Acupuncture is a staple of traditional Chinese medicine dating back more than 3000 years. Most commonly, the stimulating technique involves using thin needles to penetrate precise points on the skin. However many non-needle therapies including rubbing, heating, and suctioning exist. Over the years, acupuncture has been used to target and alleviate a broad spectrum of medical conditions. Some clinical research has also suggested that acupuncture is a safe and eﬀective therapy for post-stroke rehabilitation and improvement of behavior after ischemic stroke. Some have speculated that acupuncture can augment functional recovery after stroke by improving blood flow to the affected brain area. However, the exact mechanism remains elusive.
The study set-up with acupuncture
To better understand the effects of acupuncture on the brain after stroke, Chinese researchers recruited 17 patients that suffered a stroke at least three weeks before the study. As a means for comparison, 14 healthy individuals also participated in the study. Patients were divided into two groups: one with antiplatelet therapy only, and one with acupuncture and antiplatelet therapy. As you may know, antiplatelet drugs inhibit the formation of blood clots in the arteries. Acupuncture points included locations on the head, lower leg, elbow, and hand. The patients received acupuncture five days a week for two hours each day. Before and after a month of treatment, the patients underwent a fMRI scan to measure blood flow in the brain and neurological activity.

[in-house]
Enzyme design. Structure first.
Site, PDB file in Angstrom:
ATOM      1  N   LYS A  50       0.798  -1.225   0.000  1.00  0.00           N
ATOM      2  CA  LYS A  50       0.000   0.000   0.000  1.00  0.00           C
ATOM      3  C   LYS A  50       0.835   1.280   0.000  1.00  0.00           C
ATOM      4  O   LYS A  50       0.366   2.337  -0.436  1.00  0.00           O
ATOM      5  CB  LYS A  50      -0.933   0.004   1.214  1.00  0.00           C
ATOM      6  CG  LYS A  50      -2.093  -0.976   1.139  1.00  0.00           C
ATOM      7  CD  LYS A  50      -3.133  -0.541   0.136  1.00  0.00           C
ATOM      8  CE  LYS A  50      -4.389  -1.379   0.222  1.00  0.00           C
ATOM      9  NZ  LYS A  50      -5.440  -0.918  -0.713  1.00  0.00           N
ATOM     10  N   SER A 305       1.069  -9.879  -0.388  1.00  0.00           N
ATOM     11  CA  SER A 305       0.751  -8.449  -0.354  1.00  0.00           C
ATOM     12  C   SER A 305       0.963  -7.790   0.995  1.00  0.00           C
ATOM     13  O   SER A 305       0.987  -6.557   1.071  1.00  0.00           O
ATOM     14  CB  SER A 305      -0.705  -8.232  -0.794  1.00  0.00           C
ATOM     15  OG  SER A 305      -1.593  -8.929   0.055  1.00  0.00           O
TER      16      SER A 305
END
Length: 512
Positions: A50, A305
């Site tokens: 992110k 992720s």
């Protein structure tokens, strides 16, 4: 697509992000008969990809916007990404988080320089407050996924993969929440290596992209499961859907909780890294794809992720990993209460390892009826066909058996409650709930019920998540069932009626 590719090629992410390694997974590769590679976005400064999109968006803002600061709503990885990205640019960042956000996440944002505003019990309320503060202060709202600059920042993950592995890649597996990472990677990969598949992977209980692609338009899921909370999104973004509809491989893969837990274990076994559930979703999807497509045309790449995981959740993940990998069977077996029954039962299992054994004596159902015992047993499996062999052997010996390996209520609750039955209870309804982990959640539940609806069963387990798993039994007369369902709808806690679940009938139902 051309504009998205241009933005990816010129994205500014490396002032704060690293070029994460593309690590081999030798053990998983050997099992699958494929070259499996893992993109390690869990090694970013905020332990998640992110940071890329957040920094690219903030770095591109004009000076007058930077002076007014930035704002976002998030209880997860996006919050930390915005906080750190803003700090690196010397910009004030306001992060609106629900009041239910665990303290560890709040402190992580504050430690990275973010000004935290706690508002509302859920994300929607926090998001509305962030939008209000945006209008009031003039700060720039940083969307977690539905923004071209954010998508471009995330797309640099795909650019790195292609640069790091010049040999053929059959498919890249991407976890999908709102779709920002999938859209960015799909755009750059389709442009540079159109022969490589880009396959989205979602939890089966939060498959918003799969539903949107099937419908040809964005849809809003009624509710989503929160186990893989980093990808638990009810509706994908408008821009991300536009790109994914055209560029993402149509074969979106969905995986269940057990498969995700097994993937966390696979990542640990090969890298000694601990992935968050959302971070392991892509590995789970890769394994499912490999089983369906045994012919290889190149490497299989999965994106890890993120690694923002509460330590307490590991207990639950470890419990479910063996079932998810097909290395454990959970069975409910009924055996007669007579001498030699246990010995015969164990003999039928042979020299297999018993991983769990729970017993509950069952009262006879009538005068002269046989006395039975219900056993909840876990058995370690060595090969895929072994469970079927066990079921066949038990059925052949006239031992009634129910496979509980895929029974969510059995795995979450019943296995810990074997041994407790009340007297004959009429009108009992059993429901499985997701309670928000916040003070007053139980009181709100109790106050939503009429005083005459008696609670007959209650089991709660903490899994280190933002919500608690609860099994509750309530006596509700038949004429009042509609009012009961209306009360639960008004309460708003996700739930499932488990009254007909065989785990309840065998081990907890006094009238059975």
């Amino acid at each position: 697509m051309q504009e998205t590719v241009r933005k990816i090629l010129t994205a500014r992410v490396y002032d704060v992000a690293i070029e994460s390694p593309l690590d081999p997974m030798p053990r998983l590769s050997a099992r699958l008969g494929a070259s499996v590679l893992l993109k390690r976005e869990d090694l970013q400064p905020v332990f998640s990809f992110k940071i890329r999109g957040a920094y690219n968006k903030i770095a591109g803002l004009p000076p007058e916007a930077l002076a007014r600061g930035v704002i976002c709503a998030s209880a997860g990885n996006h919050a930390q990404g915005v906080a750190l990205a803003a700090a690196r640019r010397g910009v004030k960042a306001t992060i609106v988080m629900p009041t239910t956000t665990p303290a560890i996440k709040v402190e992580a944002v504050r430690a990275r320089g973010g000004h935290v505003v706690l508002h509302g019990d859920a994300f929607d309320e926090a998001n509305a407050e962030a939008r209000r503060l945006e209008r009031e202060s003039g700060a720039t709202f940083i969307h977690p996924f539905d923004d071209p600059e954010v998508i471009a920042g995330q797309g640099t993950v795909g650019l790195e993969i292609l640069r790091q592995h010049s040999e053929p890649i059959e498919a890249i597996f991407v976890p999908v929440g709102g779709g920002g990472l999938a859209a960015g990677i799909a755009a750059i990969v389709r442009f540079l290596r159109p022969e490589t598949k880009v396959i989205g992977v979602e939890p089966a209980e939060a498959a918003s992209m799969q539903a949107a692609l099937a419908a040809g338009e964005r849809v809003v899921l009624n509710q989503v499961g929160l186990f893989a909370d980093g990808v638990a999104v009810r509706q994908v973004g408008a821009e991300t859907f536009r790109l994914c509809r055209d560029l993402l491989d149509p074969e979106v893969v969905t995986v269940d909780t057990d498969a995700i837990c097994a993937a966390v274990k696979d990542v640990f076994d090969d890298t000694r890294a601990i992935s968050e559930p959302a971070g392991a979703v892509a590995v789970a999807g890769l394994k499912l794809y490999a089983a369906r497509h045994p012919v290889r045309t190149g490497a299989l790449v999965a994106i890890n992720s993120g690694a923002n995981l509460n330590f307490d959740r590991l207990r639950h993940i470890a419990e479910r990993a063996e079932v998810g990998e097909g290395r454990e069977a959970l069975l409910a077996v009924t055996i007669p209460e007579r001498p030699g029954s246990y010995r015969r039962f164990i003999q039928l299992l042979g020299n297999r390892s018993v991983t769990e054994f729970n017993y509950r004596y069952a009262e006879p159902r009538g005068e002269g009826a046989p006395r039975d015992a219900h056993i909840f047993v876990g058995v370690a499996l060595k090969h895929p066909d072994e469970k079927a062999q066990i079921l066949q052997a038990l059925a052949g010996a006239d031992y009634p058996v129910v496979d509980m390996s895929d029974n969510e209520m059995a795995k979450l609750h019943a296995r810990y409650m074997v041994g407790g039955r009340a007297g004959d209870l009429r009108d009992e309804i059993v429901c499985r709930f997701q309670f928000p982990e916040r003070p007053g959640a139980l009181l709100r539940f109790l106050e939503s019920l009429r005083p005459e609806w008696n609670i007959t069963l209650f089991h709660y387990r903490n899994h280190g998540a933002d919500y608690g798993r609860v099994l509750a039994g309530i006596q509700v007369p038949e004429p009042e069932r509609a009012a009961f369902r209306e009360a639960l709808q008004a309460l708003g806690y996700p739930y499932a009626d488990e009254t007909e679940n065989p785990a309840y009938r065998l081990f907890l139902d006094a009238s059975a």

Effects of acupuncture
The study produced some intriguing results. The acupuncture group demonstrated a notably improved connection between the motor areas of both sides of the brain that trended toward normal, an effect not observed in the patients receiving the drug only. In essence, the acupuncture appeared to improve collaboration between the two sides of the brain! Also, the neurological deficits improved more in the acupuncture group compared to the drug treatment group. Even further, the patients with increased levels of communication between the brain’s motor areas also had better neurological outcomes.
The authors concluded that acupuncture could be a valuable addition to conventional rehab and drug therapies. If you are post-stroke and interested in whether acupuncture may help boost your recovery, search for physicians trained in the practice. You should keep in mind that it is not standard training in all medical schools. Make sure that the physician has a lot of experience in acupuncture!
The lead author of the original article is Dr. Yongxin Li, Guangdong Provincial Key Laboratory of Medical Biomechanics, School of Basic Medical Sciences, Southern Medical University, Guangzhou, China.